I am at a four-day silent retreat this week at our local Buddhist monastery in the Rocky Mountains west of Denver. The guideline is that we leave all electronic devices at home, so I am writing this shortened newsletter before the retreat starts on Thursday afternoon.
I wonder how I will experience four days of silence. I wrote about silence back in November, and how holding silence together encourages us all to give each other the space our shy souls need to come out of their secret hiding places and reveal themselves.
A week or two back our sangha sent round a note with guidance on holding silence. It starts by quoting Thich Nhat Hanh.
Silence is essential. We need silence, just as much as we need air, just as
much as plants need light. If our minds are crowded with words and thoughts, there is no space for us.
The guidance notes that holding silence can be difficult and uncomfortable at first, especially if we are not practiced in it. Most people, however, "come to cherish the silence of retreat."
Even those who were intimidated by it in the beginning often find such peace in the silence that they are reluctant to give it up at the end. As people become aware of its richness, they come to look forward to silence rather than fear it.
Retreat silence has many benefits. Because social conversation keeps the mind active, periods of not talking help the mind rest. Silence settles the many emotions that are activated by talking, listening, and even in the anticipation of talking. As our mental and emotional lives calm down, our bodies relax.
Silence allows for a heightened sense of intimacy with the world. In sustained silence our senses become more acute, and both the inner and outer world can appear to us with greater clarity. For example, we may begin to notice the birdsong we previously failed to hear, or we may tune in to our quieter thoughts, which normally get drowned out.
For most people, the silence of a retreat creates a space in which they can see themselves more clearly. Rather than being actively distracted by work, relationships, the internet, music, or various external events, they have an opportunity to notice overlooked feelings and concerns.
Retreats are also a great place to discover what Buddhism calls “noble silence.” This is a beautiful state of mind that comes when discursive thinking has stopped. Discursive thinking refers to thought that proceeds like an inner discourse in our own minds. It may be imagining conversations with others, remembering past conversations, or talking to ourselves. It may involve abstract, analytical thinking about what is happening in the present moment. As discursive thinking quiets down, the mind becomes more peaceful. As agitation decreases, desire and aversion lessen. When this inner stilling is accompanied by confidence, purity, and equanimity then the mind is said to experience the fullness of “noble silence.”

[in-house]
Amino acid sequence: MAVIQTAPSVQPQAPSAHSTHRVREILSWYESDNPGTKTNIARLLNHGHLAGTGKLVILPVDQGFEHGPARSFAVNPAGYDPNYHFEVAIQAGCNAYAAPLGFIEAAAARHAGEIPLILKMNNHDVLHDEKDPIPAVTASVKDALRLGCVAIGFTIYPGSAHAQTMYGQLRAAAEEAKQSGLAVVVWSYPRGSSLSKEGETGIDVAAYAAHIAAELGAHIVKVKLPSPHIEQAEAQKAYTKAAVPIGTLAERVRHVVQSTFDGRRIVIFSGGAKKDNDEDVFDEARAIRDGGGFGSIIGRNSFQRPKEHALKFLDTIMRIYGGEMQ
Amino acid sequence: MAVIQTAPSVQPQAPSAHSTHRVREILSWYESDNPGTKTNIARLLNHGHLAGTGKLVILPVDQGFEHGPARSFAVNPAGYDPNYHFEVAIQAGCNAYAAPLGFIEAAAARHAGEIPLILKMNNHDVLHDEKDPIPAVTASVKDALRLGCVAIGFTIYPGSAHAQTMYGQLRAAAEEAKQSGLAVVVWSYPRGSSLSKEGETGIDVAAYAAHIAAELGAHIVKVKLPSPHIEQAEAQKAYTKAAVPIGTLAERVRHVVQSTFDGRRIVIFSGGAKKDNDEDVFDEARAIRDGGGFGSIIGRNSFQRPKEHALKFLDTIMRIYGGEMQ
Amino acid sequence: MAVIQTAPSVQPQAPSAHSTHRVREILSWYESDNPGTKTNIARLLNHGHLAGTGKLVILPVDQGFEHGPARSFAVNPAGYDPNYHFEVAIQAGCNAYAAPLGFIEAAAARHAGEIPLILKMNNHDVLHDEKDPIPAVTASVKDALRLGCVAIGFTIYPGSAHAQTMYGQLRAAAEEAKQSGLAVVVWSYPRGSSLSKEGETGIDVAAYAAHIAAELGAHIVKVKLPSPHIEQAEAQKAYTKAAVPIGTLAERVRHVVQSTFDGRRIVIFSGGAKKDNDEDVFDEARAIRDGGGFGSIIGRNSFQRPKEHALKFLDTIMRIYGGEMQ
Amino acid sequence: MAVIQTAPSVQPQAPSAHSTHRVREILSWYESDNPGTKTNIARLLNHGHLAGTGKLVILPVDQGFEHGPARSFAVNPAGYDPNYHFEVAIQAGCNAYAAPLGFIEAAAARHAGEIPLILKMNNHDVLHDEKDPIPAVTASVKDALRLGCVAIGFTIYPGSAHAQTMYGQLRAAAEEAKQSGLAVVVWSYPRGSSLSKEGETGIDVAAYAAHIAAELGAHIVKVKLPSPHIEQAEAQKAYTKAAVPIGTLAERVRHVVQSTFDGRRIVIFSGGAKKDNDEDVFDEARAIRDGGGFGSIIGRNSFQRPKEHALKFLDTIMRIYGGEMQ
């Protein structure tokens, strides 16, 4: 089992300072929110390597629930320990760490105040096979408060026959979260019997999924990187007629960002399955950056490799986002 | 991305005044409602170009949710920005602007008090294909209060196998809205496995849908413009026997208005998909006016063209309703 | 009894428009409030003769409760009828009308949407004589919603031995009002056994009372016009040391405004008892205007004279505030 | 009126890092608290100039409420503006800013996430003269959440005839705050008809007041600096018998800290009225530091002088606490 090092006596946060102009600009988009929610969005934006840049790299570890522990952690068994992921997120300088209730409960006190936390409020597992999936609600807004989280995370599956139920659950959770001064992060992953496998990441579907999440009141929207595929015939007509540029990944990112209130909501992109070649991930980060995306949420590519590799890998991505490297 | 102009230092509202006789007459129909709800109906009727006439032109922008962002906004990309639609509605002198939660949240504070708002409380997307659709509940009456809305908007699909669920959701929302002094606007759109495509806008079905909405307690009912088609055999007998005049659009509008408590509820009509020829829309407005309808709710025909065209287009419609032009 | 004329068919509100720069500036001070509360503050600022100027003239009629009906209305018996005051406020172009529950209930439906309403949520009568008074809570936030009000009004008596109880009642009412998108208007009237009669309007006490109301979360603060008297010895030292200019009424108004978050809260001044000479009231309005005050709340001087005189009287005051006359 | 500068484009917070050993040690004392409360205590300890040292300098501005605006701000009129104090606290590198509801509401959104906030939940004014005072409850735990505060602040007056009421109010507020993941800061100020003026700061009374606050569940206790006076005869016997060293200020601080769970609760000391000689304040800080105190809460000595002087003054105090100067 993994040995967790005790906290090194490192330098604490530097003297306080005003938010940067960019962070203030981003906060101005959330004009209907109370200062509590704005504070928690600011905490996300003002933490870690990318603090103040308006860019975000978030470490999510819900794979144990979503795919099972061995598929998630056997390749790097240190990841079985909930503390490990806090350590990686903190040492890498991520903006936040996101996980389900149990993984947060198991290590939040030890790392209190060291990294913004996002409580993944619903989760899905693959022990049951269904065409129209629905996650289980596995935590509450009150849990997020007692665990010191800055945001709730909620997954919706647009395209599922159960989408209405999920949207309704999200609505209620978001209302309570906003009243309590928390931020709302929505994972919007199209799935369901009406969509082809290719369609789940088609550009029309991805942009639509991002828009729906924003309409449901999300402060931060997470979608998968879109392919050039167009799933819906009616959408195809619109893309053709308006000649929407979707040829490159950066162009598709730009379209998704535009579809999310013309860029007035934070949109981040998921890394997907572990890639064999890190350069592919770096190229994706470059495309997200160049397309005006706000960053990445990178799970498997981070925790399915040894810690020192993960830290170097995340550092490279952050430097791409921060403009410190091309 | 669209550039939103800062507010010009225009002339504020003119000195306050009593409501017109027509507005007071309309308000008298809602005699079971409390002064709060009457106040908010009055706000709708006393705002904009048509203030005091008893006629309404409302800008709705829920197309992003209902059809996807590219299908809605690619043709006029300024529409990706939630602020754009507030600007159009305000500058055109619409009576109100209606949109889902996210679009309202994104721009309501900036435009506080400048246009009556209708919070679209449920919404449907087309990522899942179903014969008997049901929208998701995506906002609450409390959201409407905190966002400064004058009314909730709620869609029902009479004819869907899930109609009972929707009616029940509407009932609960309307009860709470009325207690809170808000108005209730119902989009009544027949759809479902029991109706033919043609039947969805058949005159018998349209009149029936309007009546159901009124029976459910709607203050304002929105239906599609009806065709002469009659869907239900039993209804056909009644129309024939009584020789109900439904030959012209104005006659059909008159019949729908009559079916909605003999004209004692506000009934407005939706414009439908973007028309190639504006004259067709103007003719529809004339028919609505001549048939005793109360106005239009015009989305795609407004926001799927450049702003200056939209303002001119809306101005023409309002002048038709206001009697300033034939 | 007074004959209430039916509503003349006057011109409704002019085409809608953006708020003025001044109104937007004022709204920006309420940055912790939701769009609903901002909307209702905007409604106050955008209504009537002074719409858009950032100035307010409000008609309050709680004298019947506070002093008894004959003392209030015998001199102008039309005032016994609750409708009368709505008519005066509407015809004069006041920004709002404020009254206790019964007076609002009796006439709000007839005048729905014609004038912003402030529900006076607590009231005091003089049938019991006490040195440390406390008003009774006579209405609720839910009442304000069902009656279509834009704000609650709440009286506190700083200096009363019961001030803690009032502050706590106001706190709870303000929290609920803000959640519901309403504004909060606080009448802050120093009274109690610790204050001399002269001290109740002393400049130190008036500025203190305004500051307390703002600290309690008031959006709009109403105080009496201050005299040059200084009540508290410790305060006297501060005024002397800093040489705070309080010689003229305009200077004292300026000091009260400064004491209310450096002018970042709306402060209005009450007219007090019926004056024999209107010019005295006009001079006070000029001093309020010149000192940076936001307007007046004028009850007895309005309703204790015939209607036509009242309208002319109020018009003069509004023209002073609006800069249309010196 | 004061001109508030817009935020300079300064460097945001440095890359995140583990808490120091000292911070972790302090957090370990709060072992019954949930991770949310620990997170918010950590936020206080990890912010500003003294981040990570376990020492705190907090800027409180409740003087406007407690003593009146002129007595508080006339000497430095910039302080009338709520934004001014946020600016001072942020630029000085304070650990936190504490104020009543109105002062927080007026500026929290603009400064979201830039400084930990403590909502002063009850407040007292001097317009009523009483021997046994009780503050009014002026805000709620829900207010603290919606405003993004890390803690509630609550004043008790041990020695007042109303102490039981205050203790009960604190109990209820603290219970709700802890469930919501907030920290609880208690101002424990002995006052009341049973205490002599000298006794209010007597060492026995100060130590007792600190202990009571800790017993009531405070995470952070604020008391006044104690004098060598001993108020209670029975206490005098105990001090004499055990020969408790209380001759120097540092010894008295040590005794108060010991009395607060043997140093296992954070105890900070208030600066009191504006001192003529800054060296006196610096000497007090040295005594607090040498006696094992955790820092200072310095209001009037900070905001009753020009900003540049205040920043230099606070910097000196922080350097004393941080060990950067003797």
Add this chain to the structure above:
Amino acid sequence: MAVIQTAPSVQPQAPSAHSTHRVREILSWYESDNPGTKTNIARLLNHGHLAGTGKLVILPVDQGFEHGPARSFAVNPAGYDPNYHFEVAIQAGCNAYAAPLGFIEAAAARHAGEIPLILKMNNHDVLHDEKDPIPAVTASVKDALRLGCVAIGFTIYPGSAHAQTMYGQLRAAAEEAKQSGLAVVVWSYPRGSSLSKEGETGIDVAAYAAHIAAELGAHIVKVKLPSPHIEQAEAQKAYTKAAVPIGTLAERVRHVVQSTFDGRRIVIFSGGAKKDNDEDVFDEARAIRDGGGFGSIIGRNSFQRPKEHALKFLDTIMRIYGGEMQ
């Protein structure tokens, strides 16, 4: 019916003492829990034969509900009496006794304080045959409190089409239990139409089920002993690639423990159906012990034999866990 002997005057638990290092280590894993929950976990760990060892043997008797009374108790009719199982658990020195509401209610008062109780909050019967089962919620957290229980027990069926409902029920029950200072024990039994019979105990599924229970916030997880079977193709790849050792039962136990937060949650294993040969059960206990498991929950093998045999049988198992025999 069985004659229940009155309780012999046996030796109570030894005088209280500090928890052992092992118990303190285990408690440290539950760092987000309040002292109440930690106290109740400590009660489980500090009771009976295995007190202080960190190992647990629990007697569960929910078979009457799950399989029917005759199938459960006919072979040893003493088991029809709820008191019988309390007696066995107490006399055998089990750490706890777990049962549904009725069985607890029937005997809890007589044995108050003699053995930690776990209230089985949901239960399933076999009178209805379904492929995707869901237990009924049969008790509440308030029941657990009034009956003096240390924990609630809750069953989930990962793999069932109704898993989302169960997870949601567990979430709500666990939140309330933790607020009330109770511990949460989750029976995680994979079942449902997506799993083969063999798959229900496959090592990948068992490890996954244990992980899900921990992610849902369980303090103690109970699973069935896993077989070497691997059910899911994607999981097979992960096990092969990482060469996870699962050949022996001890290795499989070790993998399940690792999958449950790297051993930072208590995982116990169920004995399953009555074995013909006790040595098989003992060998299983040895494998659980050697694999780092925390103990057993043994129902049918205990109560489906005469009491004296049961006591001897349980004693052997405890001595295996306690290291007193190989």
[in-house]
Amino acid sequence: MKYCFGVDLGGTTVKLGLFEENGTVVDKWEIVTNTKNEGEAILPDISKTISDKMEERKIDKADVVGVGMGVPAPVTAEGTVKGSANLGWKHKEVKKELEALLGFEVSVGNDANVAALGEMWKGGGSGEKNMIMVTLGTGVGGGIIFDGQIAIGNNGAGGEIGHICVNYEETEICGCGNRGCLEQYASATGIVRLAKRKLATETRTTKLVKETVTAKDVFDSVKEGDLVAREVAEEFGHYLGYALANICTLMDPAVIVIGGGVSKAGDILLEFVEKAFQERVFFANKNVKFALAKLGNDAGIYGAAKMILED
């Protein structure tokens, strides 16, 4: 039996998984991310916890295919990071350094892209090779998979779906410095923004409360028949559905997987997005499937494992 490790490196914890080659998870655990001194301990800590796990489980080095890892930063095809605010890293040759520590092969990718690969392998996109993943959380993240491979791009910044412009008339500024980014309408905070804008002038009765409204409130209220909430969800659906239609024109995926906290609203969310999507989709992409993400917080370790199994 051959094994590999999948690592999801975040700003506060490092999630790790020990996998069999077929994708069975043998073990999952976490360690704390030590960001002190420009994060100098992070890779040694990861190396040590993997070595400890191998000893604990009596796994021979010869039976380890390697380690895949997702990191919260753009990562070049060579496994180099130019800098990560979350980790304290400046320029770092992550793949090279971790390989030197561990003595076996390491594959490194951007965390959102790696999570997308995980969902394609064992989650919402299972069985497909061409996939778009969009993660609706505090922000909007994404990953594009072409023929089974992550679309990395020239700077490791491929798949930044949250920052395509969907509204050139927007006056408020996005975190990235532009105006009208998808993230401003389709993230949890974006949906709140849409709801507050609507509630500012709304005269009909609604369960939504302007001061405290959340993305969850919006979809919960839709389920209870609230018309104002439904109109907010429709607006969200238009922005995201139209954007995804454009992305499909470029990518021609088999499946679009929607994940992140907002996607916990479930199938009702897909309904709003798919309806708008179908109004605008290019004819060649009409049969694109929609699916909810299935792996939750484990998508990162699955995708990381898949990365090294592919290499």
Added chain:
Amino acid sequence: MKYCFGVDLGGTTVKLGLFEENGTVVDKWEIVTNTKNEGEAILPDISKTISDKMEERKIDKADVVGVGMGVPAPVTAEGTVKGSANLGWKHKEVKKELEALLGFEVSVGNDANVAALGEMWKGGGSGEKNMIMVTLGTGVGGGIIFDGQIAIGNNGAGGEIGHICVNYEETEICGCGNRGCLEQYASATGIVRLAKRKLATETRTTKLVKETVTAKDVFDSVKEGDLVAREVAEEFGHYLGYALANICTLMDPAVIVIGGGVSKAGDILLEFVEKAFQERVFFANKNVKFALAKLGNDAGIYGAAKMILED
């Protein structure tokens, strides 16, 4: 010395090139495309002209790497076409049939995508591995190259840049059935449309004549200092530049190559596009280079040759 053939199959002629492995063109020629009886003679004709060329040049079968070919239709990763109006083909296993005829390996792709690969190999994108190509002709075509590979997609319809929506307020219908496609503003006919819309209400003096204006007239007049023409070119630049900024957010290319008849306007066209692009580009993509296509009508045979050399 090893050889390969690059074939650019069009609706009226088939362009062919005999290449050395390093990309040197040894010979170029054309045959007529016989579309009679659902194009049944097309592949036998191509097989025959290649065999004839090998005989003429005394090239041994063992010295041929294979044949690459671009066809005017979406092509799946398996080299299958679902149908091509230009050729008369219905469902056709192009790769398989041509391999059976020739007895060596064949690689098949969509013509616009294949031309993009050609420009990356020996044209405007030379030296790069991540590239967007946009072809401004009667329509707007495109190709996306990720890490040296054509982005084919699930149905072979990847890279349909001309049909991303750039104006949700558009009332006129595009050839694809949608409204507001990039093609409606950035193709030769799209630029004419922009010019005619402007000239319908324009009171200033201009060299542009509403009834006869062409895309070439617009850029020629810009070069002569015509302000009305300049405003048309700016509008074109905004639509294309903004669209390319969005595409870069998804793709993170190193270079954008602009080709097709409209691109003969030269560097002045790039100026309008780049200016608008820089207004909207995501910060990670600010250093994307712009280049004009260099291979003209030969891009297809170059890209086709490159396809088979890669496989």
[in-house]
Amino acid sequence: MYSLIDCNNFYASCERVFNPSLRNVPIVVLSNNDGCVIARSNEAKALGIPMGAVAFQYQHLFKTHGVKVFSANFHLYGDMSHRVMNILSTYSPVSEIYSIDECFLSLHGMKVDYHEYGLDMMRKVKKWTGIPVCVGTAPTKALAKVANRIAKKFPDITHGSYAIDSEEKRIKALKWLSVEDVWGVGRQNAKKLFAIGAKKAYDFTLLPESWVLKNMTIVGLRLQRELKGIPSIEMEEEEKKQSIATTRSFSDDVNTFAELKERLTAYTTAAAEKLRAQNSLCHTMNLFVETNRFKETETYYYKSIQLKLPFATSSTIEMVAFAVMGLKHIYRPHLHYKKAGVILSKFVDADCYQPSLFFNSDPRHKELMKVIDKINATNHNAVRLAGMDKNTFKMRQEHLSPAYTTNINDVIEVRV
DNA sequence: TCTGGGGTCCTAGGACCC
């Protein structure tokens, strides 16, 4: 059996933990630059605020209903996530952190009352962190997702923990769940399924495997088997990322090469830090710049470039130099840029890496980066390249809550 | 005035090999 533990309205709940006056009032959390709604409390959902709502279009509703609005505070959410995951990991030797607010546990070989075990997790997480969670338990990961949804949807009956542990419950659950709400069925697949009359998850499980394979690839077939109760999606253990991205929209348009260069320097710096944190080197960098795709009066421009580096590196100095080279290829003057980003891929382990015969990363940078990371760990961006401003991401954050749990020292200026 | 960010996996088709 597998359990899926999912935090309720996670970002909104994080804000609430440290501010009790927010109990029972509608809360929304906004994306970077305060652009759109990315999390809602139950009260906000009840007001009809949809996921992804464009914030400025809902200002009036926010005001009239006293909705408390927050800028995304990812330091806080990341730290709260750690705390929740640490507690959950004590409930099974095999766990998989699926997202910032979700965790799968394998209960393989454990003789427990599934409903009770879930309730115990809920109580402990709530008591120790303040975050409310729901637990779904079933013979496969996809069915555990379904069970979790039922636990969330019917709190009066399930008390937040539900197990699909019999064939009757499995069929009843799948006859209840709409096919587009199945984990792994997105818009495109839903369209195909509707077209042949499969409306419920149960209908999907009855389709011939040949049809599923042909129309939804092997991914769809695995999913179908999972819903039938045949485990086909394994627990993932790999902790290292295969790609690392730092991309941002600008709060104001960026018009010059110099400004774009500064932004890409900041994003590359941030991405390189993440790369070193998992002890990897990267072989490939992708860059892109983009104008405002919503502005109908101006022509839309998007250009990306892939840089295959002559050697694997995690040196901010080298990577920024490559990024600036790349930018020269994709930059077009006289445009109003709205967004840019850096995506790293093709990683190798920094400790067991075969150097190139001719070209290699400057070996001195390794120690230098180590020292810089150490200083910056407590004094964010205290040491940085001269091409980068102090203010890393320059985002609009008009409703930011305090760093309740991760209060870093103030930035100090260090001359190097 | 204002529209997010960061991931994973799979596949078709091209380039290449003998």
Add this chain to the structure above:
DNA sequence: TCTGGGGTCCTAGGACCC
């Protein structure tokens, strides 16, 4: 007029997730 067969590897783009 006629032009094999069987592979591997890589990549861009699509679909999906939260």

I am in need of noble silence. We had to put down our beloved dog Yuki this week. I am so filled up with sadness that there seems to be no space inside me for anything else. We were there, crying, holding her and calming her when the vet (who was also crying) injected the drugs that sedated her and stopped her heart. She was the kindest, most gentle, most loving creature I have ever met. She had a beautiful, radiant soul.
Thay Tinh Man spoke at the monastery this week about our teachers—holy people whose lives contain the deepest lessons about how to live, but also our everyday companions, our colleagues, partners, children, those who walk our path with us. These everyday teachers can be cats and dogs too, said Thay.
Yuki taught me many things. Most of all, she taught me unconditional love. I think of love as a sincere, best effort to understand someone other than ourselves as a separate, sovereign being—an attempt, however daunting and difficult, at understanding another as other. Yuki did that freely, spontaneously, without judgment, in her own non-verbal, embodied, felt-sense, doggy way. This weekend, I shall put my hands together and pray for her soul's continuation.